SC : Yes, she was always intended to return for a rematch in book four.
CJB : In Strike Lightning, James Bond integrate a new school : Fettes College. What was the reaction of the students of Fettes when you went there to talk about the novel ? And what was yours reaction when the staff offer you a pair of Glencorse cufflinks ?
SC : Fettes were wonderful – Craig Marshall the archivist and Gemma Gray the Director of Marketing helped me so much – I was able to visit all the buildings and behind the scenes, look at photographs, old school nesletters, and the original plans of the school as it was in the 1930s. Gemma even arranged for me to meet some old boys who had been pupils at Fettes in the late 1930s so I could ask them questions directly! The student seemed very happy to count James Bond as a former pupil, and I was extremely moved when I was asked to accept Bond’s leaver’s cufflinks on his behalf.
CJB : You regularly visit schools to talk with the children about of the author’s job, your books and literature in general. Have you ever had any problems with teachers or students parents regarding the violence in the Young Bond series ?
SC : Not really, since people are so familiar with the elements of Bond stories, either Fleming’s novels or the films. I wouldn’t present the Young Bond books to younger children but for 11 years and up, it’s not been problem.
CJB : What motivates you to situate this adventure in the Netherlands ?
SC : I’d done LA, I’d done Cuba, both hot places in the summer, I wanted a more wintry, film noir sort of feel, and the Hague offered grandeur and elegance while remaining a small city so I could concentrate the action and travel.
CJB : Strike Lightning takes place in 1934-1935 and features the Steel Shadow, a sort of exoskeleton/mecha weapon. Since even today such a weapon is not yet deployed, have you had any problems to selling this anachronistic weapon to IFP ?
SC : No. History is littered with examples of people who invented things but for whatever reason, they didn’t manage to bring it to the public and their work was forgotten by history. I found it interesting that the first patents on a crude exo-skeleton were taken out in the 1890s – clearly research was going on for a long time. Plus, the Steel Shadow is hardly a free-running Iron Man type suit: it’s primitive, dangerous and can only carry out set manoeuvres under remote control (and there were certainly remote controlled tanks in operation by the mid-30s). I knew when I pitched it that the steampunk notion of the Steel Shadow might alienate some older fans, but the theme running through Strike Lightning, and indeed the story arc behind all four – is that James is becoming a weapon. To drive the point home, I wanted him to literally become a weapon, put into that gladiatorial kill-or-be-killed situation, to see what he would do. I treated the concept with as much realism as I could, and made sure to destroy all evidence of the suit and the men behind it to explain why the work could not be continued.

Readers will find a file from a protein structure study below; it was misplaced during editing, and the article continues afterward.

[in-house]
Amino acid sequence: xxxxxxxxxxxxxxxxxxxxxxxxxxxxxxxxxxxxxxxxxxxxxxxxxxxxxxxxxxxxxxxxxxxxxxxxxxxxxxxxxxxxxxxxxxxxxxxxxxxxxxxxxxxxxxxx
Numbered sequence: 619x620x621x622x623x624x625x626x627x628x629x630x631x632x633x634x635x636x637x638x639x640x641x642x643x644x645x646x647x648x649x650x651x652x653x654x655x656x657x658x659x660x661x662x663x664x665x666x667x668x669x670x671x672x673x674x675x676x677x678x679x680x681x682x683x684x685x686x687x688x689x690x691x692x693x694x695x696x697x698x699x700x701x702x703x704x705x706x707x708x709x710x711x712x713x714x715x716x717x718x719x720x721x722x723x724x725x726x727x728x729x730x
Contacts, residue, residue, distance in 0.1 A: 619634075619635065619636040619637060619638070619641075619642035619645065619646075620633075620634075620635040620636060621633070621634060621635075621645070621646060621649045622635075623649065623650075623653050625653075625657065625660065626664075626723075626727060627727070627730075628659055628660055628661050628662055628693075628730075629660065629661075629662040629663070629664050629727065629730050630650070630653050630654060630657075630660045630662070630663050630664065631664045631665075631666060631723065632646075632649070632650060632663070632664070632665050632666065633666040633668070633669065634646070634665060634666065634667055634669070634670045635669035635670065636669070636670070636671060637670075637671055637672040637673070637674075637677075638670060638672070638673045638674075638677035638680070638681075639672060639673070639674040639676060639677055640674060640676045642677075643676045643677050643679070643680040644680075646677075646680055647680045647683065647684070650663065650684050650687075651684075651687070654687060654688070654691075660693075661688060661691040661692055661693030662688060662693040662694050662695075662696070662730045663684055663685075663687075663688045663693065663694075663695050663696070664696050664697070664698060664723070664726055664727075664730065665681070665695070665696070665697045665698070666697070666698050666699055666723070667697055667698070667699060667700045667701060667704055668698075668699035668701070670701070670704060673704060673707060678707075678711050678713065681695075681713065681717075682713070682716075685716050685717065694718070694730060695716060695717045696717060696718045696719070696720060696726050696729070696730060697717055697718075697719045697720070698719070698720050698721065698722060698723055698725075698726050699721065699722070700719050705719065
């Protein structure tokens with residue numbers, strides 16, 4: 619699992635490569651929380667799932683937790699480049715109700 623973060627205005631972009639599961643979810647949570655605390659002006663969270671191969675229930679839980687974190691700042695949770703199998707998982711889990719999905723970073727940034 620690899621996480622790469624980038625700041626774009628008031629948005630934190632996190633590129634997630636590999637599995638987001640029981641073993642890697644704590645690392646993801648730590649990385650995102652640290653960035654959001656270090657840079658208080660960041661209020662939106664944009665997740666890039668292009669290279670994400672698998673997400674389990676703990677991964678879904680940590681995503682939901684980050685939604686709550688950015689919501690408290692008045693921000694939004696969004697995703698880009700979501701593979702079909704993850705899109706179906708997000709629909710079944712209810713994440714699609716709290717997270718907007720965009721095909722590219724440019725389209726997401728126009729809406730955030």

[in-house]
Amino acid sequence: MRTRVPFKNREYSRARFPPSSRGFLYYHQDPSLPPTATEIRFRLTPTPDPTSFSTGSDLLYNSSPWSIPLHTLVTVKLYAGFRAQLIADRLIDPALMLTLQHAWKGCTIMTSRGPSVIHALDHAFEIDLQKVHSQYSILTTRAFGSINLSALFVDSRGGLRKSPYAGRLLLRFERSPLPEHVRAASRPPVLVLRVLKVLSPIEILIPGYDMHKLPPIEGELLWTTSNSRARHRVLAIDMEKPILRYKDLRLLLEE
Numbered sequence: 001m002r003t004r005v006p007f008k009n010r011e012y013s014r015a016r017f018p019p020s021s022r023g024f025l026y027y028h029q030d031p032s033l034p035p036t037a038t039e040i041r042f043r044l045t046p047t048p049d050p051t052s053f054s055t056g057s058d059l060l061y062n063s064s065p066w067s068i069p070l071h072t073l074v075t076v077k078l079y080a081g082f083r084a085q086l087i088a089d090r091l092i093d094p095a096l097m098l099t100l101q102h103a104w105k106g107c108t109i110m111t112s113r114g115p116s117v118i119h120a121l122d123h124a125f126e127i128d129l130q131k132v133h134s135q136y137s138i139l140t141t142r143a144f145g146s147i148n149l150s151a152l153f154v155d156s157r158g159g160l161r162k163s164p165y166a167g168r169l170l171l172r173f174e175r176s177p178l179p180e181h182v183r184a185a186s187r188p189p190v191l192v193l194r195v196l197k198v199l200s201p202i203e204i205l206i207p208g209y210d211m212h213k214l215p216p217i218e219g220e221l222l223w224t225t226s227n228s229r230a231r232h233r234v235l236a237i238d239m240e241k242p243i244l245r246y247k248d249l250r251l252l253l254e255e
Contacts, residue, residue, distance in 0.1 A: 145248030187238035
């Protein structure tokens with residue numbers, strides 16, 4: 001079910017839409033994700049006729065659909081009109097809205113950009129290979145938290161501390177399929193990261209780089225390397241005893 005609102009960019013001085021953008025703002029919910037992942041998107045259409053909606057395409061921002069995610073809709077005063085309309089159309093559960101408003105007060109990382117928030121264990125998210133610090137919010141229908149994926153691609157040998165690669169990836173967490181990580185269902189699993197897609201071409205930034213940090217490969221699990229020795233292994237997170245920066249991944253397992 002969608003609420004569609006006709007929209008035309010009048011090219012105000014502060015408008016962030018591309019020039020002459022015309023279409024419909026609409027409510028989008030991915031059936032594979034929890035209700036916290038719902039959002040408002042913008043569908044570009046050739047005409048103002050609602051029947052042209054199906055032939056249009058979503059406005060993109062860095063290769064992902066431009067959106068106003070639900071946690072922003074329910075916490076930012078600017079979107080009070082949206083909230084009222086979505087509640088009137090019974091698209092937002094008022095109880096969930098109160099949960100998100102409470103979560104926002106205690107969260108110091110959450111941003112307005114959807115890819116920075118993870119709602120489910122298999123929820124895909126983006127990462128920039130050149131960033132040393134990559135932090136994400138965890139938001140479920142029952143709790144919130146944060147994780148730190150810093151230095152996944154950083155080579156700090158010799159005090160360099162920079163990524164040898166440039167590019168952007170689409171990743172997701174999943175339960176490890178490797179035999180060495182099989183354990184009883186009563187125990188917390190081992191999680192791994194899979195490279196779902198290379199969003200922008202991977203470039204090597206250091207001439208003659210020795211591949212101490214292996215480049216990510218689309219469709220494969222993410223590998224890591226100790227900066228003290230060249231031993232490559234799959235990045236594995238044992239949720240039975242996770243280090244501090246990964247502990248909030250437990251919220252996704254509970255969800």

CJB : Are there any ideas you come with that they were opposed ?
SC : Nothing major, I’m happy to say.
CJB : When I re-read the last lines of Shoot To Kill, I thought you had planned since the first novel that Adam Elmhirst was not the character he claimed to be in reality. Am I right ? What else had you planned for the latest novel from the start ?
SC : Yes, Elmhirst was always going to be coming back, and his past and present explored. As far back as my original pitch, the basic plot of book four would see James, isolated and alone, brought into a plot involving his father and having to clear his name, with Elmhirst and La Velada back too.
CJB : Are there any things you planned to do in the series that did not finally happen ?
SC : Hugo was going to die in Heads You Die, as a reminder how James’s world is dangerous, and no one is safe. I wrote at least two death scenes for him! But it just seemed too cruel, and I was too fond of Hugo. In the early stages of Red Nemesis, I was going to kill Perry and leave Aunt Charmian close to death too, but decided James didn’t need that emotional trauma too with everything else going on!
CJB : Shoot To Kill starts in 1934 and Red Nemesis ends in 1935, so there is only one year between your four novels. Was it something imposed by IFP, not to going too far in the thirties, or is it just a coincidence ?
SC : It wasn’t imposed, it just seemed neat to have my books chronicle a pivotal year in the life of the young James Bond. Plus, you don’t want to tear through his childhood; leave some space, perhaps it will be explored in other ways sometime.